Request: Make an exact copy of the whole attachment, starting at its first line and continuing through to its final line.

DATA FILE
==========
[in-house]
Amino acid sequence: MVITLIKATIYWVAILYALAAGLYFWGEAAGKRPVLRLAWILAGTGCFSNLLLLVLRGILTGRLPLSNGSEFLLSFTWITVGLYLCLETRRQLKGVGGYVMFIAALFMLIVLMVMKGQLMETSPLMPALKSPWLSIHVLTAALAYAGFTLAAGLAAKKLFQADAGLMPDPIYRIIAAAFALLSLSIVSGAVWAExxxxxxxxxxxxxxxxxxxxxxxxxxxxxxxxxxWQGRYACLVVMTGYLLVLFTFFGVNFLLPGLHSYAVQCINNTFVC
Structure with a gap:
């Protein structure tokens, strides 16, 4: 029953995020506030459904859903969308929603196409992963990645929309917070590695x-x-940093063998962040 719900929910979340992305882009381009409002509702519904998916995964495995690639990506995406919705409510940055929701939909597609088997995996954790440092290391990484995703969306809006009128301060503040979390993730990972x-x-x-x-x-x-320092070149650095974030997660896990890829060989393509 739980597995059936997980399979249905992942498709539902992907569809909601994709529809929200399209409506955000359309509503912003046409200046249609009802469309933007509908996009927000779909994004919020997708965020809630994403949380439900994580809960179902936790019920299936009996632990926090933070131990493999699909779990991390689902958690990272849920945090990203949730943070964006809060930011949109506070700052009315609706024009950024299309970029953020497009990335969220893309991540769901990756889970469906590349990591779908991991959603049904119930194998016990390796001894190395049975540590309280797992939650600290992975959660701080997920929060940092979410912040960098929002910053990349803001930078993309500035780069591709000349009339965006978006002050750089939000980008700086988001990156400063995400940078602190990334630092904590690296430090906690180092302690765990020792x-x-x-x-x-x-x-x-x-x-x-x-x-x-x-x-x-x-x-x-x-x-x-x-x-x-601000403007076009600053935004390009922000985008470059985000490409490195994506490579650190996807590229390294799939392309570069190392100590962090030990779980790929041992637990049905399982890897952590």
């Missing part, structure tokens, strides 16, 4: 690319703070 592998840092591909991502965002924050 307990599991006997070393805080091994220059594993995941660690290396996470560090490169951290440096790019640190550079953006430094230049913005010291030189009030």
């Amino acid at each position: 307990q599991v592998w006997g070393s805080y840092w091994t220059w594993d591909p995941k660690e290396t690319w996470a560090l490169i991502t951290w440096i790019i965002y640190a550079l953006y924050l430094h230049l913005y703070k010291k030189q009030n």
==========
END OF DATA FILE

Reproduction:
[in-house]
Amino acid sequence: MVITLIKATIYWVAILYALAAGLYFWGEAAGKRPVLRLAWILAGTGCFSNLLLLVLRGILTGRLPLSNGSEFLLSFTWITVGLYLCLETRRQLKGVGGYVMFIAALFMLIVLMVMKGQLMETSPLMPALKSPWLSIHVLTAALAYAGFTLAAGLAAKKLFQADAGLMPDPIYRIIAAAFALLSLSIVSGAVWAExxxxxxxxxxxxxxxxxxxxxxxxxxxxxxxxxxWQGRYACLVVMTGYLLVLFTFFGVNFLLPGLHSYAVQCINNTFVC
Structure with a gap:
């Protein structure tokens, strides 16, 4: 029953995020506030459904859903969308929603196409992963990645929309917070590695x-x-940093063998962040 719900929910979340992305882009381009409002509702519904998916995964495995690639990506995406919705409510940055929701939909597609088997995996954790440092290391990484995703969306809006009128301060503040979390993730990972x-x-x-x-x-x-320092070149650095974030997660896990890829060989393509 739980597995059936997980399979249905992942498709539902992907569809909601994709529809929200399209409506955000359309509503912003046409200046249609009802469309933007509908996009927000779909994004919020997708965020809630994403949380439900994580809960179902936790019920299936009996632990926090933070131990493999699909779990991390689902958690990272849920945090990203949730943070964006809060930011949109506070700052009315609706024009950024299309970029953020497009990335969220893309991540769901990756889970469906590349990591779908991991959603049904119930194998016990390796001894190395049975540590309280797992939650600290992975959660701080997920929060940092979410912040960098929002910053990349803001930078993309500035780069591709000349009339965006978006002050750089939000980008700086988001990156400063995400940078602190990334630092904590690296430090906690180092302690765990020792x-x-x-x-x-x-x-x-x-x-x-x-x-x-x-x-x-x-x-x-x-x-x-x-x-x-601000403007076009600053935004390009922000985008470059985000490409490195994506490579650190996807590229390294799939392309570069190392100590962090030990779980790929041992637990049905399982890897952590």
């Missing part, structure tokens, strides 16, 4: 690319703070 592998840092591909991502965002924050 307990599991006997070393805080091994220059594993995941660690290396996470560090490169951290440096790019640190550079953006430094230049913005010291030189009030």
């Amino acid at each position: 307990q599991v592998w006997g070393s805080y840092w091994t220059w594993d591909p995941k660690e290396t690319w996470a560090l490169i991502t951290w440096i790019i965002y640190a550079l953006y924050l430094h230049l913005y703070k010291k030189q009030n």